Once you have a rough idea of the pages that might have extreme bounce rates, the next step is to figure out how the users are coming to that page. Are they searching for a keyword, or being referred to from a certain site? The context under which the user was visiting the page may indicate the intention they had upon landing on your site, and this can help you decide whether the bounces (or lack thereof) are beneficial or harmful. For example, suppose you have a fashion e-commerce site that has a product details page for a jacket with a very high bounce rate. If many users are coming to the page via search engine results to see what colors are available for the jacket and this information is easily accessible to the user, they may be bouncing off the site satisfied after finding the information they were looking for. On the other hand, if the bounces are occurring because the users were coming to the site looking for shirts, this could mean that there are SEO issues with the page leading to the bounces.
Digging Even Deeper into the Bounce Rate
One metric that becomes available using custom events is scroll depth, which allows you to see if your users actually scrolled through your page or not. However, be careful not to take a high scroll rate to mean that users are reading and interacting with your page. It may simply mean that the user was just quickly scanning through the page before deciding that they were not interested. This can be mitigated by measuring the user's time on page along with the scroll depth.
The amount of time the user spent on a certain page can be a good indicator of whether users were interacting with the contents or not. For example, a long duration may indicate that many users were reading your blog post, and a short duration may indicate that users only looked at the page for a short amount of time, and determined that the contents were not worth looking into. Whether spending a long time is preferable (i.e. your blog post is being read) or not (i.e. users were getting lost on your FAQ page) will depend on the contents and purpose of the page.
The average time on page metric is available within Google Analytics by default. However, the way Google Analytics measures time on page is not ideal. Google Analytics measures this metric by calculating the time difference between when the user lands on the page, and when they clicked through to a different page within the site. Since bounced users have not actually clicked through to a different page within the site, it is impossible for Google Analytics to calculate how long they spent on that page. For these bounced users, time on page is recorded as 0 seconds, even if they had actually spent several minutes on the page. Since this 0 second value is taken into account when calculating the average time on page for all users, this means that the actual amount of time users spent on the page can be much different from what is shown to be the average time on page on Google Analytics. For example, suppose both users A and B, from the image at the beginning both spent 10 minutes on the homepage. For user A, the 10 minutes spent on the page is recorded when he clicks through to the next page. For user B however, the time on page is never recorded because the user bounced and never clicked through to a second page within the site. Instead, the user's time on page is considered to be 0 seconds. Therefore, the average time on page for all users is displayed as 5 minutes on Google Analytics, even though in reality, the average amount of time users had stayed on the page was 10 minutes.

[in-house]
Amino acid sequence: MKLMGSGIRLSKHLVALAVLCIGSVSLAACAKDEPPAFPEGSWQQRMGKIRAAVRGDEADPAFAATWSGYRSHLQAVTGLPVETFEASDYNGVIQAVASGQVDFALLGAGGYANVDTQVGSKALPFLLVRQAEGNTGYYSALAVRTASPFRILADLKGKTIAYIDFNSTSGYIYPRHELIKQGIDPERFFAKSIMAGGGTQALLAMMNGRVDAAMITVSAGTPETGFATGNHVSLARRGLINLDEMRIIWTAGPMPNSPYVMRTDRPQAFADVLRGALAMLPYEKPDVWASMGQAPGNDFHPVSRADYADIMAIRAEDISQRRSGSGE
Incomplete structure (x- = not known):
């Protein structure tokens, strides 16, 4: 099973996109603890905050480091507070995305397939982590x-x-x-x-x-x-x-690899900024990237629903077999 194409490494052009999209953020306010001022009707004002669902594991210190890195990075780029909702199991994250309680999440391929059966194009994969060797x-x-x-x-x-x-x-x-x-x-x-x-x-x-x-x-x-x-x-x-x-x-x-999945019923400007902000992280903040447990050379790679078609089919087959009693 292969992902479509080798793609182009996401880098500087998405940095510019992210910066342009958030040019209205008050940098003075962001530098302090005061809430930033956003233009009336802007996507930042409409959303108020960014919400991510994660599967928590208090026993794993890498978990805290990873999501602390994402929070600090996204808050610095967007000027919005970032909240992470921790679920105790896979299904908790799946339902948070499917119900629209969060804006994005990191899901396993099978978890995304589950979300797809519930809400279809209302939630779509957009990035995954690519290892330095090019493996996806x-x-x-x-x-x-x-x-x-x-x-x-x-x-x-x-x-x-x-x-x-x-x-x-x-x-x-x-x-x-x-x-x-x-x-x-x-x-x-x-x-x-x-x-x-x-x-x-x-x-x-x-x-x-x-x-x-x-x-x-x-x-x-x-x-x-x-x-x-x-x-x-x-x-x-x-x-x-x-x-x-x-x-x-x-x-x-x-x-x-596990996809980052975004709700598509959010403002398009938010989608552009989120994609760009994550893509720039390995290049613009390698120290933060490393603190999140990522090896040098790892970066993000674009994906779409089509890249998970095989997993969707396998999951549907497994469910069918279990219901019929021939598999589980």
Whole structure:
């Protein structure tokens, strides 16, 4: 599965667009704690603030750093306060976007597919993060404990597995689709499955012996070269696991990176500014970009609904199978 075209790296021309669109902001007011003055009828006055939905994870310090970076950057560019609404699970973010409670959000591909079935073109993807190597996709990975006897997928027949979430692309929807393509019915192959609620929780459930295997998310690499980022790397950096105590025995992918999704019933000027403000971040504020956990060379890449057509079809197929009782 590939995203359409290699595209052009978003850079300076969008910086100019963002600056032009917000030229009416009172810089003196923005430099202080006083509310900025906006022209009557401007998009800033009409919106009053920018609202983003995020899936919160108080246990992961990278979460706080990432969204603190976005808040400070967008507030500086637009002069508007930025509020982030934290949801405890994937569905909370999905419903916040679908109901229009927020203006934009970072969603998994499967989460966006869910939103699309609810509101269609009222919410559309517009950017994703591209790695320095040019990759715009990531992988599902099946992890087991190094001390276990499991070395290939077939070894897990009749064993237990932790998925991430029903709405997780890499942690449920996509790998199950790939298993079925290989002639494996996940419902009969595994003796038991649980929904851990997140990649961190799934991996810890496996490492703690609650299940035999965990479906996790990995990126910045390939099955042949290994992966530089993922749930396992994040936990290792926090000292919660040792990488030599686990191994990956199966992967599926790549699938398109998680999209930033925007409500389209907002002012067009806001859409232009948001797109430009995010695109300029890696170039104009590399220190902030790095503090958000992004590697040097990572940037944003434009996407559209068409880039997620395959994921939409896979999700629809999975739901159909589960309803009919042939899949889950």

Looking at scroll depth in conjunction with time spent on page, should give you a clearer view into how users were behaving on the page before they bounced.
As mentioned, the bounce rate is just a number which should neither be considered to be good or bad. Look at which pages the bounce rates were occurring, how users were landing on that page, and how they were behaving once they landed. I've come to realize that looking at data from Google Analytics on the surface level can give us an overview of how the site is doing, but there is a lot more information available when you dig deeper which can help diagnose where and what things are actually occurring on the site. The key is to keep digging deeper in order to figure out how and why your bounce rate is at that value. Don't be worried if you think your bounce rate may be too high. You might find a very good reason for it!